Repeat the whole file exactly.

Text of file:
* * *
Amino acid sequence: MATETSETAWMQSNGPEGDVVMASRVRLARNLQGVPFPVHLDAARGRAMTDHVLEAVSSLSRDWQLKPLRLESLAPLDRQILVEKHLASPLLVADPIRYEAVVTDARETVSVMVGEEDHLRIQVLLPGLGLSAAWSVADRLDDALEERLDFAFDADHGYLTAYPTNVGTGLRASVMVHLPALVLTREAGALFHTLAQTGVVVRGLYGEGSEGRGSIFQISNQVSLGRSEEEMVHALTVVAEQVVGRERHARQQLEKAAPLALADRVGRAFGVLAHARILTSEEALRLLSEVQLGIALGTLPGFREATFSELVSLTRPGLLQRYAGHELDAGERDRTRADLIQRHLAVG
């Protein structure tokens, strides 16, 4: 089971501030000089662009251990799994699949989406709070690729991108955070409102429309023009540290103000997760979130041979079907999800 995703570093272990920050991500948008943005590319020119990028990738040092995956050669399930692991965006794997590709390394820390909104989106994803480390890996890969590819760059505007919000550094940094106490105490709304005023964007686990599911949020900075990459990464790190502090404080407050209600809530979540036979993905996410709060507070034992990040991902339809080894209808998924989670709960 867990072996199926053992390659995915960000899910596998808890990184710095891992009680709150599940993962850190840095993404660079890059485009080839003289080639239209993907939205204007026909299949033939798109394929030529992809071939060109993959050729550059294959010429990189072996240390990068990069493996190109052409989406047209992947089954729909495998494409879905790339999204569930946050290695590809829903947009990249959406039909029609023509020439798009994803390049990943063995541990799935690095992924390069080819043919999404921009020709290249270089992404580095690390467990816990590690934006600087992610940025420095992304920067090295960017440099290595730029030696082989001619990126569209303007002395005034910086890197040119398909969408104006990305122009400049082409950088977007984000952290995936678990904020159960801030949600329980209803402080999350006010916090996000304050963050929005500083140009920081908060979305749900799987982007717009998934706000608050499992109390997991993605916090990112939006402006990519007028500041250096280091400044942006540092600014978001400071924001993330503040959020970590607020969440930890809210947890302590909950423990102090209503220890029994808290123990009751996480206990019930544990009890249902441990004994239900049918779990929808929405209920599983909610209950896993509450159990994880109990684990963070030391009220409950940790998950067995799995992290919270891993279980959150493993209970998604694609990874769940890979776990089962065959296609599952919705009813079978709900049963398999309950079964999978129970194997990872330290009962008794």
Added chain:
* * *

Amino acid sequence: MATETSETAWMQSNGPEGDVVMASRVRLARNLQGVPFPVHLDAARGRAMTDHVLEAVSSLSRDWQLKPLRLESLAPLDRQILVEKHLASPLLVADPIRYEAVVTDARETVSVMVGEEDHLRIQVLLPGLGLSAAWSVADRLDDALEERLDFAFDADHGYLTAYPTNVGTGLRASVMVHLPALVLTREAGALFHTLAQTGVVVRGLYGEGSEGRGSIFQISNQVSLGRSEEEMVHALTVVAEQVVGRERHARQQLEKAAPLALADRVGRAFGVLAHARILTSEEALRLLSEVQLGIALGTLPGFREATFSELVSLTRPGLLQRYAGHELDAGERDRTRADLIQRHLAVG
């Protein structure tokens, strides 16, 4: 089971501030000089662009251990799994699949989406709070690729991108955070409102429309023009540290103000997760979130041979079907999800 995703570093272990920050991500948008943005590319020119990028990738040092995956050669399930692991965006794997590709390394820390909104989106994803480390890996890969590819760059505007919000550094940094106490105490709304005023964007686990599911949020900075990459990464790190502090404080407050209600809530979540036979993905996410709060507070034992990040991902339809080894209808998924989670709960 867990072996199926053992390659995915960000899910596998808890990184710095891992009680709150599940993962850190840095993404660079890059485009080839003289080639239209993907939205204007026909299949033939798109394929030529992809071939060109993959050729550059294959010429990189072996240390990068990069493996190109052409989406047209992947089954729909495998494409879905790339999204569930946050290695590809829903947009990249959406039909029609023509020439798009994803390049990943063995541990799935690095992924390069080819043919999404921009020709290249270089992404580095690390467990816990590690934006600087992610940025420095992304920067090295960017440099290595730029030696082989001619990126569209303007002395005034910086890197040119398909969408104006990305122009400049082409950088977007984000952290995936678990904020159960801030949600329980209803402080999350006010916090996000304050963050929005500083140009920081908060979305749900799987982007717009998934706000608050499992109390997991993605916090990112939006402006990519007028500041250096280091400044942006540092600014978001400071924001993330503040959020970590607020969440930890809210947890302590909950423990102090209503220890029994808290123990009751996480206990019930544990009890249902441990004994239900049918779990929808929405209920599983909610209950896993509450159990994880109990684990963070030391009220409950940790998950067995799995992290919270891993279980959150493993209970998604694609990874769940890979776990089962065959296609599952919705009813079978709900049963398999309950079964999978129970194997990872330290009962008794």
Added chain: